In Becoming a Champion, Believe in Yourself/Self Confidence, Handling Failure/Adversity

There always are and always will be ups and downs in sports. You’ll find them within a single competition as well as throughout a career. Anyone can handle the good times with class and confidence. That takes no great discipline or character. However, how you handle the down times is what distinguishes you as a real champion from everyone else.

One mark of a real champion is that no matter what is going on, no matter how badly things are going, how far behind you are or how poorly you’re playing, you never, ever give up. A champion always operates on the principle that it’s never over until it’s over, that he/she is never out of it until time actually runs out! Because of this belief, a champion is able to repeatedly stage the impossible comeback and steal victory from the closing jaws of defeat.

We saw this yesterday afternoon when Argentinean, Juan Martin del Potro upset tennis legend Roger Federer in the finals of the US Open. There were times during the match that it looked like Federer was on his way to an unprecedented 6th US Open victory in a row. However, del Potro never quit, never let himself get discouraged and never gave in. As a result, he was able to hang in there long enough to find an opening and turn the tide in his favor, winning in 5 sets.

By refusing to give in to the emotions of defeat (i.e. discouragement, hopelessness, frustration and emotionally giving up), you keep yourself in a mental and physical position to completely turn things around. By doing this, you increase the chances that you may indeed do the impossible!

Last night on Monday Night Football we saw Tom Brady and his New England Patriots do exactly that! They stole a game that they had no right to win from the Buffalo Bills because Brady and the Pats refused to believe that they were finished.

Down by 11 points with 5:32 to go in the game, Brady went into the huddle and told his team, “Get your hats on. We’re gonna score before the 2 minute warning. We’re gonna get the ball back and then we’re gonna score again and win this thing!”

Logically there was no good reason to believe Brady’s comments. The Pats had played most of the game quite poorly, sputtering through five scoreless drives in their first 7 possessions. Brady had already thrown an interception and the team looked way off. But Brady actually believed what he was telling his teammates. He believed that they were still in the game despite how hopeless it may have looked.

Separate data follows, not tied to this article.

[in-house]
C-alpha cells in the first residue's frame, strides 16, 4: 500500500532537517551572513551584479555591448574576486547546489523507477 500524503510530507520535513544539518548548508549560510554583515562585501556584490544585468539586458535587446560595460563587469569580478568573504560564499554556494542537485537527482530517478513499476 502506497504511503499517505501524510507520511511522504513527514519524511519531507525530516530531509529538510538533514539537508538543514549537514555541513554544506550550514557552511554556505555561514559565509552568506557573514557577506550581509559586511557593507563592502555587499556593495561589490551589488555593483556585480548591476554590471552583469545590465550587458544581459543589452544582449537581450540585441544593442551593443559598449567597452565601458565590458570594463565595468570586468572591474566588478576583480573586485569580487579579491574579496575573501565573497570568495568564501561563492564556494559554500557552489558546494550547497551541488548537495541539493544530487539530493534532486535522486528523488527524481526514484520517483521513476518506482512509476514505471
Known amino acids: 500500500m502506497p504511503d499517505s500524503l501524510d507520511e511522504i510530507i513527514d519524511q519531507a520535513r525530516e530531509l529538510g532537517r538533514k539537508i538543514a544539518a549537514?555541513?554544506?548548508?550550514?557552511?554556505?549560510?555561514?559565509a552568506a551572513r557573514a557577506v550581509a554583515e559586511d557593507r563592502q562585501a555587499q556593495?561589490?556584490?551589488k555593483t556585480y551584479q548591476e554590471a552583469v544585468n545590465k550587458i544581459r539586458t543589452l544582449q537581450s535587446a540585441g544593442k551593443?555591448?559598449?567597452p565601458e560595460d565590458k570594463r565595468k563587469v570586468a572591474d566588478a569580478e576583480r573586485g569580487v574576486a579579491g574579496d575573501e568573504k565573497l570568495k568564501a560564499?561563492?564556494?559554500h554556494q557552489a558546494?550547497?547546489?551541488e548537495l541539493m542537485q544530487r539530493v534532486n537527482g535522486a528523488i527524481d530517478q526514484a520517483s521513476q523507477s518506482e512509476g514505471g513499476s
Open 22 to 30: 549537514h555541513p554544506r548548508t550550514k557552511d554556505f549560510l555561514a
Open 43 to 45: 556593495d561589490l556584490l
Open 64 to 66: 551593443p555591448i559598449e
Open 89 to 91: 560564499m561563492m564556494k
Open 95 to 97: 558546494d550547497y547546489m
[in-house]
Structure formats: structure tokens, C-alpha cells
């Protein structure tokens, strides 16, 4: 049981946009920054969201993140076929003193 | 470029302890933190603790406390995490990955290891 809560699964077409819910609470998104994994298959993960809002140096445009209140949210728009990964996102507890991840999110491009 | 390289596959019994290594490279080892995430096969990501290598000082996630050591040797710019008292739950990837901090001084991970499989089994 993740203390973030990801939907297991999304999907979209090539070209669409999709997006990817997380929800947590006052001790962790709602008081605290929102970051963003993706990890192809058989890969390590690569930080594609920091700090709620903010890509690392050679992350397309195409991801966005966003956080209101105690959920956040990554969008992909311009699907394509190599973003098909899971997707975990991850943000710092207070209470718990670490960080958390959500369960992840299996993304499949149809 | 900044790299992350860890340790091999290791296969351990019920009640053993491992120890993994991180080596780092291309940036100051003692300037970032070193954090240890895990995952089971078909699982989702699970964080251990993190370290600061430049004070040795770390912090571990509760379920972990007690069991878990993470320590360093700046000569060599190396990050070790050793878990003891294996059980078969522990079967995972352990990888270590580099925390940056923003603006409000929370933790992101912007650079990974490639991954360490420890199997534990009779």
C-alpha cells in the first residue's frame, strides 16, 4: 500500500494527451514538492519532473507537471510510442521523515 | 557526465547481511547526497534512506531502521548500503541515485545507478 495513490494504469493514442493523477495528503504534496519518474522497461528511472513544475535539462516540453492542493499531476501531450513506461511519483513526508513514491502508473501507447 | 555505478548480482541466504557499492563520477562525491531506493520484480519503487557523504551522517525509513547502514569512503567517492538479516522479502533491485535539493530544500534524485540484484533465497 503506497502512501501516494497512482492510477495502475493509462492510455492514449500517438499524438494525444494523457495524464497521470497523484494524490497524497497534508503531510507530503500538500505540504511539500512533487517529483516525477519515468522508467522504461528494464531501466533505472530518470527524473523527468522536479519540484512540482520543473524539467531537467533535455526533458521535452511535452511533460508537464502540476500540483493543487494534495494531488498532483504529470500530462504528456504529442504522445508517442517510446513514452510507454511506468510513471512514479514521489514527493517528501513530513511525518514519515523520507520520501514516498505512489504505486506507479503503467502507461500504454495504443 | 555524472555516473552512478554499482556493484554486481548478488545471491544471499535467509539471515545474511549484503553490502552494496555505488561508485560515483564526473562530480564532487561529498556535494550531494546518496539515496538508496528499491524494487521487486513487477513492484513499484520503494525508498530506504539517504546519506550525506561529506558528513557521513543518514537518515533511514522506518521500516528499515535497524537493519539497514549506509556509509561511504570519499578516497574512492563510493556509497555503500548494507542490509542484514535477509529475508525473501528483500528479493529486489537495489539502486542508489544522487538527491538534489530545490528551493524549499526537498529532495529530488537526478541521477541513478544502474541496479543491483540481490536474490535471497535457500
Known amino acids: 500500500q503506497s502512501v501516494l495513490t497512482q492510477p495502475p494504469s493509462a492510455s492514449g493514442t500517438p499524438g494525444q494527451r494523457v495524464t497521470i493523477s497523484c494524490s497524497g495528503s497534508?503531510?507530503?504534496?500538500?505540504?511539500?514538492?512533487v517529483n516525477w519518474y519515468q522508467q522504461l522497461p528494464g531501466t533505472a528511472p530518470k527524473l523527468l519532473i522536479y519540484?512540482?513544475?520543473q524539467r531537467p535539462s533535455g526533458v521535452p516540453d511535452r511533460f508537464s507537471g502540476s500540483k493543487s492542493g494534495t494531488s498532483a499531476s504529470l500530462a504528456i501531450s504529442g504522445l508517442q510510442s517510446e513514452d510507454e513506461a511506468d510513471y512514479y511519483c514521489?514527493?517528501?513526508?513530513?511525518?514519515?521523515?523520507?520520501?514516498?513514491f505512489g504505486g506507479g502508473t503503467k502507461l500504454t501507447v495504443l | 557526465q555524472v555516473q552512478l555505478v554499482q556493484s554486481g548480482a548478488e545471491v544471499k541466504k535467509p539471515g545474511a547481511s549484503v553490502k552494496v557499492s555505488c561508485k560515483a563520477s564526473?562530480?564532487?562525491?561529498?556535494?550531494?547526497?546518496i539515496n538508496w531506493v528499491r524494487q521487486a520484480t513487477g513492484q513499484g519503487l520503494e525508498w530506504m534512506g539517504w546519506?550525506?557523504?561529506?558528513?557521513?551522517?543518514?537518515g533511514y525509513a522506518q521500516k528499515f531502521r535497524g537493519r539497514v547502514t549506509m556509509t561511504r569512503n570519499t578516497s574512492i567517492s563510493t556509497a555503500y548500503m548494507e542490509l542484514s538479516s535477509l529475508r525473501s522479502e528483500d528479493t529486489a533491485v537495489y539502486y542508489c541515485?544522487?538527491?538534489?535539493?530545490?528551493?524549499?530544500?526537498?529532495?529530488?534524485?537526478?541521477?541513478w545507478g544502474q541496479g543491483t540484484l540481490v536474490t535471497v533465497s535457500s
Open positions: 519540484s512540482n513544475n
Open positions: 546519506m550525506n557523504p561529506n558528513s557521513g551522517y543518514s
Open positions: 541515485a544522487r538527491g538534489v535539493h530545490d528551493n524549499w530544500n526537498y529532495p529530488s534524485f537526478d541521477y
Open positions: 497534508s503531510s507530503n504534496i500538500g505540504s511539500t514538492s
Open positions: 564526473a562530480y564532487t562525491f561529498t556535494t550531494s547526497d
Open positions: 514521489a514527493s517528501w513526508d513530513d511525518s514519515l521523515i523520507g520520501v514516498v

Wide receiver Randy Moss commented about his quarterback’s words in the huddle: “He knew! When you got a guy like that speaking like that, leading you like that, there ain’t nothing for the other 10 of us to do but shut up and go out there and make plays.” And that’s exactly what the Pats did. Brady drove his team 81 yards to score with a little more than two minutes remaining. Then they improbably recovered a fumble on the kick-off return and scored again with 50 seconds left in the game to go up by one, stealing the victory, 25 – 24. They scored two touchdowns in 5 minutes as Brady completed 11 of 13 passes.

Sound like a fairy tale ending? It was! But it was only possible because Tom Brady and his teammates refused to believe that they were beaten. They refused to give up and this belief allowed them to create an opportunity to come back and then take advantage of this opportunity.

It’s an over-worked cliche that winners never quit and quitters never win. It’s also quite true that by not quitting, you give yourself a chance, regardless of how slim, to do the impossible. Don’t ever give up! Don’t ever give in! If you keep looking for that chance, however slim it may seem at the time, then more often than not you’ll find it!


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